Libyan students took over their country's embassies in Washington and at least two other Western capitals yesterday at the urging of strongman Muammar Qaddafi who called on students Saturday to oust embassy diplomats and establish "people's bureaus" to celebrate his 10th anniversary in power.
The leader of a five-man committee occupying the Libyan Embassy in Washington, Ali Houderi, said the takeovers represent an attempt to deal with Libyans directly instead of through recular channels and other formal methods.
"We consider it an internal matter to match what's happening in Libya," he said. "Normal business will be carried on. We are not expecting any disruption of daily activities."
It appeared to be business as usual at the Libyan Embassy in Washington, 1118 22nd St., NW, yesterday. Pictures of Qaddafi were taped to the windows and doors of the embassy. A green flag hung from a second-floor window. A white hand-written sign read, "The People's Office of the Socialist People's Libyan Arab Jamahiriya."
In London, a spokesman for a group of Libyan students occuping the Libyan Embassy there said the peaceful takeover was carried out in accordance with principles outlined by Qaddafi.
The London spokesman said the students had also formed a "people's committee" that would decide future policy concerning the occupation.
In Athens, the Libyan Embassy was taken over earlier by five Libyans who set up what they called a popular committee. The group charged that the ambassador and his staff had not been working for the Libyan people.
There were no reports that Libyan embassies in Paris, Madrid, Bonn or other capitals were also overrun as Qaddafi suggested in a speech delivered Saturday to commemorate the military coup he staged in 1969 to seize power.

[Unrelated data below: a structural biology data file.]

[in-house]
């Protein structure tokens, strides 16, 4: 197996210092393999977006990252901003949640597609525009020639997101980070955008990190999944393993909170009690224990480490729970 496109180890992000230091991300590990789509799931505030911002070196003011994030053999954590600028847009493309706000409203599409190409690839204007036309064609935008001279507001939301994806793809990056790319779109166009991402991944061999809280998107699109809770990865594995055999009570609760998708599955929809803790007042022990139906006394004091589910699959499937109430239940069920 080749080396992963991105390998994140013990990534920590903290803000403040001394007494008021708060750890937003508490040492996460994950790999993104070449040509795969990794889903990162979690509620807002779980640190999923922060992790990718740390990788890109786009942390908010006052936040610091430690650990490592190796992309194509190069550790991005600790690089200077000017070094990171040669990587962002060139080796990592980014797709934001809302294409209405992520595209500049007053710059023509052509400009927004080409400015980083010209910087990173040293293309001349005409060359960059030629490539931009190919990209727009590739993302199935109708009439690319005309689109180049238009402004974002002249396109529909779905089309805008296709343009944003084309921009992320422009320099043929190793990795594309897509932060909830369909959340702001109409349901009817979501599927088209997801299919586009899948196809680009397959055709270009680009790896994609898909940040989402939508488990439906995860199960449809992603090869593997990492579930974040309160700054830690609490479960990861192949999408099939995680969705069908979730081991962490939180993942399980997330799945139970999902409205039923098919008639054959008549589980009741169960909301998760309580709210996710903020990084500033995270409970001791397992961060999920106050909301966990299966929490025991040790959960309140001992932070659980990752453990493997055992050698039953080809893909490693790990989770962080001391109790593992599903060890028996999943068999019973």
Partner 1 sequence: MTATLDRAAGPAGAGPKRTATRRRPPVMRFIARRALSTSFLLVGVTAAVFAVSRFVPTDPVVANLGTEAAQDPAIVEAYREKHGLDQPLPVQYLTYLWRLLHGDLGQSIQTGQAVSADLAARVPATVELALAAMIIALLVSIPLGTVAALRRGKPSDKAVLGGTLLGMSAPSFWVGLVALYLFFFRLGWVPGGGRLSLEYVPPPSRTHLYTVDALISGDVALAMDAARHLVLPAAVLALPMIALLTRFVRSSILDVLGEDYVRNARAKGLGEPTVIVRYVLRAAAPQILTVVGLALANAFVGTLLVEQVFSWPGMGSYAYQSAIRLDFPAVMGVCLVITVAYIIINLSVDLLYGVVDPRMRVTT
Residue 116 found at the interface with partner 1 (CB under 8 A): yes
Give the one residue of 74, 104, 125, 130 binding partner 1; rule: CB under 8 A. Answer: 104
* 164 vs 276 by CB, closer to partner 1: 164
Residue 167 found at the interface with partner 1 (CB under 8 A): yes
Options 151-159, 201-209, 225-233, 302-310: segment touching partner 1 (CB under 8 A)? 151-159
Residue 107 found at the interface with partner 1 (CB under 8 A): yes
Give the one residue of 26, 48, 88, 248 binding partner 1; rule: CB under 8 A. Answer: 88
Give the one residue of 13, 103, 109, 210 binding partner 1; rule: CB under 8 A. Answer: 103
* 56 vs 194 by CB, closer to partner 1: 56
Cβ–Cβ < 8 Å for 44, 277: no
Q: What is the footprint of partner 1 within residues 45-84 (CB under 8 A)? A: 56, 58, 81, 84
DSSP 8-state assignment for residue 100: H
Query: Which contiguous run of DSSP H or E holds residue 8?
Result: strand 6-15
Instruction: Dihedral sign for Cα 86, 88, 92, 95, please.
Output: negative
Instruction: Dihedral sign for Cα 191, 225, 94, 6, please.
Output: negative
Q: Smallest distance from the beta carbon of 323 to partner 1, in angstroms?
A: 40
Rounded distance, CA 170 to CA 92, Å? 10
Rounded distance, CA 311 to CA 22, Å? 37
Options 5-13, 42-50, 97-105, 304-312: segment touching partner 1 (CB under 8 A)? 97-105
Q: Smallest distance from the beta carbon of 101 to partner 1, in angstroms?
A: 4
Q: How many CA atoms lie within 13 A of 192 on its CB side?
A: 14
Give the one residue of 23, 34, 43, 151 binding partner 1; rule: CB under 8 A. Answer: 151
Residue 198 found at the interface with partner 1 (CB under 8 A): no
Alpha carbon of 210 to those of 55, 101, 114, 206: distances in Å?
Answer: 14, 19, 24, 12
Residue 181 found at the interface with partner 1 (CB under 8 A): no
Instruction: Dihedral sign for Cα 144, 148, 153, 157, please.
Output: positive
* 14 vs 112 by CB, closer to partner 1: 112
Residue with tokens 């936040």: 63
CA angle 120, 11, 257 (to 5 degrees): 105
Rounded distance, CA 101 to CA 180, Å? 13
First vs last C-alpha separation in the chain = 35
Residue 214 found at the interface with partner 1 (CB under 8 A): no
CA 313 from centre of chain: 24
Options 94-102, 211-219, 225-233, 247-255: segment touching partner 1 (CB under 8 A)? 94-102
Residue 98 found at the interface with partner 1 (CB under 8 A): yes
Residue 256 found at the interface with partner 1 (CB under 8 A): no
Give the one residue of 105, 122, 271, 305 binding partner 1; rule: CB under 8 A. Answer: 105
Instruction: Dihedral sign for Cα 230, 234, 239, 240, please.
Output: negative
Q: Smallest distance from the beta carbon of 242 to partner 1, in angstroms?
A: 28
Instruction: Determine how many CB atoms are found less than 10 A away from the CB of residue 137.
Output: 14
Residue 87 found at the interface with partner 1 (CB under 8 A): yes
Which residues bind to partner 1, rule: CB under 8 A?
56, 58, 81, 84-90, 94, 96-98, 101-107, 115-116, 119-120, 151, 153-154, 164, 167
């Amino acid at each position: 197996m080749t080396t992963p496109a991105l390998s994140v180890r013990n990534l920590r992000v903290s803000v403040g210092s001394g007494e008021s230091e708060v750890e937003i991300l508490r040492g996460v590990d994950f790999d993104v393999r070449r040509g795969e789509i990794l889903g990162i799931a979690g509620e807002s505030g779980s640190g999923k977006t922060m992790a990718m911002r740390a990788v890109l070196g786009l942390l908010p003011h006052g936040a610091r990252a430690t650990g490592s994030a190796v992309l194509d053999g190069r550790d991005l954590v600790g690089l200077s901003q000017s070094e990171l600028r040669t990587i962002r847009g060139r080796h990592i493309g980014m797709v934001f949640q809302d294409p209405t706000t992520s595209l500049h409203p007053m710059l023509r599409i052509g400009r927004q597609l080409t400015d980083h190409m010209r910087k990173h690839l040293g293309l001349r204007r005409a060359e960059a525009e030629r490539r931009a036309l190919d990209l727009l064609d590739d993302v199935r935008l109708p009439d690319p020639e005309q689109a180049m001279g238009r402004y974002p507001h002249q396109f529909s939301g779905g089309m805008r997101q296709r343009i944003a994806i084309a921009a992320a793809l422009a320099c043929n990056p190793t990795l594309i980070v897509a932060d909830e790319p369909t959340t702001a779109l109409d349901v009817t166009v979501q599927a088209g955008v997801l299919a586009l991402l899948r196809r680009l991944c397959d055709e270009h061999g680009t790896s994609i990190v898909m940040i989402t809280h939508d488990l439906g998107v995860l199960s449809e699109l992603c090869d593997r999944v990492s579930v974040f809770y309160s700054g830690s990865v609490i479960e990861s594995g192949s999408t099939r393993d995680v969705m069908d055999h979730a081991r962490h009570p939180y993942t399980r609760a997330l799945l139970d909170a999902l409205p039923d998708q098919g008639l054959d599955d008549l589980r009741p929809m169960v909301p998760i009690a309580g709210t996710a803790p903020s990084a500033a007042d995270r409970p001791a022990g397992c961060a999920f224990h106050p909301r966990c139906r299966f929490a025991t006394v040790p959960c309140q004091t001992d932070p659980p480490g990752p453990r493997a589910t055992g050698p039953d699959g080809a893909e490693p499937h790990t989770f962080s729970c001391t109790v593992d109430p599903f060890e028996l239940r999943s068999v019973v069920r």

The head of the takeover committee in Washington said the major embassies "are considered key embassies and eventually it's going to affect all the other embassies."
In his speech marking the anniversary of Libya's socialist revolution, Qaddafi said: "All the embassies continue to represent government bodies at a time when the government has disappeared in the (Libyan) Jamahiriya with the establishment of people's power."
The official Libyan news agency said today Qaddafi called for the takeovers because of numerous complaints by his countrymen about "what actually takes place in those embassies."
The complaints, Qaddafi was quoted as saying, "revealed the gap existing between the masses and their embassies, the fact that elements of the deposed regime [of King Idris] continue to be employed in the embassies and the existence of neoptism and extravagance.
The only solution, he said, was to turn the embassies into "people's bureaus."